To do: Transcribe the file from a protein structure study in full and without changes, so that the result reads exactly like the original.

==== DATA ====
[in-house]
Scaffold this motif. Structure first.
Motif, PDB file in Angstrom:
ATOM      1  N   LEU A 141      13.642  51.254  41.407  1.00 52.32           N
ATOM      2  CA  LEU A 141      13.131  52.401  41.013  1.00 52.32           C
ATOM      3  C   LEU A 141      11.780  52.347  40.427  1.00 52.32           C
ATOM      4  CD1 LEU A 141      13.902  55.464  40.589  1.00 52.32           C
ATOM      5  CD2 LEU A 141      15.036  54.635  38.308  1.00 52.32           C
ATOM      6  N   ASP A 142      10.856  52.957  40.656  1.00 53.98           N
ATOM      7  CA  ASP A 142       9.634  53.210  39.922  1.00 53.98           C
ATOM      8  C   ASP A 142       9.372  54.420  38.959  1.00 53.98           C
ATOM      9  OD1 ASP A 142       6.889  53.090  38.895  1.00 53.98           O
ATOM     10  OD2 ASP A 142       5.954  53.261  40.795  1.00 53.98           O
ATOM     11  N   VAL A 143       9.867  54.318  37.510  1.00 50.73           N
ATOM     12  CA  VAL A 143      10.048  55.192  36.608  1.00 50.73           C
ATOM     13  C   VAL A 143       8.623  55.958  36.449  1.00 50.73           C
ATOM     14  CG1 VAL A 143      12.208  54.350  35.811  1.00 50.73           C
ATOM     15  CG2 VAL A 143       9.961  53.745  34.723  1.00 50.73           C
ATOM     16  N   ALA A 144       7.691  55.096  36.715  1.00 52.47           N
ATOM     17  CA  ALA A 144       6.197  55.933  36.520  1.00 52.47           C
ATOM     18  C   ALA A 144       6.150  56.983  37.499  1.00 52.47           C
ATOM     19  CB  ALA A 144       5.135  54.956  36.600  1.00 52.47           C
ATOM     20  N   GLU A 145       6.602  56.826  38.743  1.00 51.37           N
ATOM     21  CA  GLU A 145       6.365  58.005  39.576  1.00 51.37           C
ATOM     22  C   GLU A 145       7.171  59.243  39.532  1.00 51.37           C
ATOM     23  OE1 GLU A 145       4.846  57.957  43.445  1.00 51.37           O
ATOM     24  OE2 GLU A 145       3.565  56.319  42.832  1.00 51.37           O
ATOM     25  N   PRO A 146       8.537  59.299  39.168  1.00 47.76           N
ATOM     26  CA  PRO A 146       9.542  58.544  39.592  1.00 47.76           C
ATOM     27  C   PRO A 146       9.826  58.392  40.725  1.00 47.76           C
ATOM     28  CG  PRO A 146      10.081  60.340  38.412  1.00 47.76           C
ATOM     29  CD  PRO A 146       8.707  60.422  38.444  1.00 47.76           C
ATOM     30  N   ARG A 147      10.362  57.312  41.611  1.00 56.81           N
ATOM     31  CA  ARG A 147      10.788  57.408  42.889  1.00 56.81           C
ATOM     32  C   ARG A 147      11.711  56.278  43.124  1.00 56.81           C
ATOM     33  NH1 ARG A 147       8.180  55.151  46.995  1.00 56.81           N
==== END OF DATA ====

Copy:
[in-house]
Scaffold this motif. Structure first.
Motif, PDB file in Angstrom:
ATOM      1  N   LEU A 141      13.642  51.254  41.407  1.00 52.32           N
ATOM      2  CA  LEU A 141      13.131  52.401  41.013  1.00 52.32           C
ATOM      3  C   LEU A 141      11.780  52.347  40.427  1.00 52.32           C
ATOM      4  CD1 LEU A 141      13.902  55.464  40.589  1.00 52.32           C
ATOM      5  CD2 LEU A 141      15.036  54.635  38.308  1.00 52.32           C
ATOM      6  N   ASP A 142      10.856  52.957  40.656  1.00 53.98           N
ATOM      7  CA  ASP A 142       9.634  53.210  39.922  1.00 53.98           C
ATOM      8  C   ASP A 142       9.372  54.420  38.959  1.00 53.98           C
ATOM      9  OD1 ASP A 142       6.889  53.090  38.895  1.00 53.98           O
ATOM     10  OD2 ASP A 142       5.954  53.261  40.795  1.00 53.98           O
ATOM     11  N   VAL A 143       9.867  54.318  37.510  1.00 50.73           N
ATOM     12  CA  VAL A 143      10.048  55.192  36.608  1.00 50.73           C
ATOM     13  C   VAL A 143       8.623  55.958  36.449  1.00 50.73           C
ATOM     14  CG1 VAL A 143      12.208  54.350  35.811  1.00 50.73           C
ATOM     15  CG2 VAL A 143       9.961  53.745  34.723  1.00 50.73           C
ATOM     16  N   ALA A 144       7.691  55.096  36.715  1.00 52.47           N
ATOM     17  CA  ALA A 144       6.197  55.933  36.520  1.00 52.47           C
ATOM     18  C   ALA A 144       6.150  56.983  37.499  1.00 52.47           C
ATOM     19  CB  ALA A 144       5.135  54.956  36.600  1.00 52.47           C
ATOM     20  N   GLU A 145       6.602  56.826  38.743  1.00 51.37           N
ATOM     21  CA  GLU A 145       6.365  58.005  39.576  1.00 51.37           C
ATOM     22  C   GLU A 145       7.171  59.243  39.532  1.00 51.37           C
ATOM     23  OE1 GLU A 145       4.846  57.957  43.445  1.00 51.37           O
ATOM     24  OE2 GLU A 145       3.565  56.319  42.832  1.00 51.37           O
ATOM     25  N   PRO A 146       8.537  59.299  39.168  1.00 47.76           N
ATOM     26  CA  PRO A 146       9.542  58.544  39.592  1.00 47.76           C
ATOM     27  C   PRO A 146       9.826  58.392  40.725  1.00 47.76           C
ATOM     28  CG  PRO A 146      10.081  60.340  38.412  1.00 47.76           C
ATOM     29  CD  PRO A 146       8.707  60.422  38.444  1.00 47.76           C
ATOM     30  N   ARG A 147      10.362  57.312  41.611  1.00 56.81           N
ATOM     31  CA  ARG A 147      10.788  57.408  42.889  1.00 56.81           C
ATOM     32  C   ARG A 147      11.711  56.278  43.124  1.00 56.81           C
ATOM     33  NH1 ARG A 147       8.180  55.151  46.995  1.00 56.81           N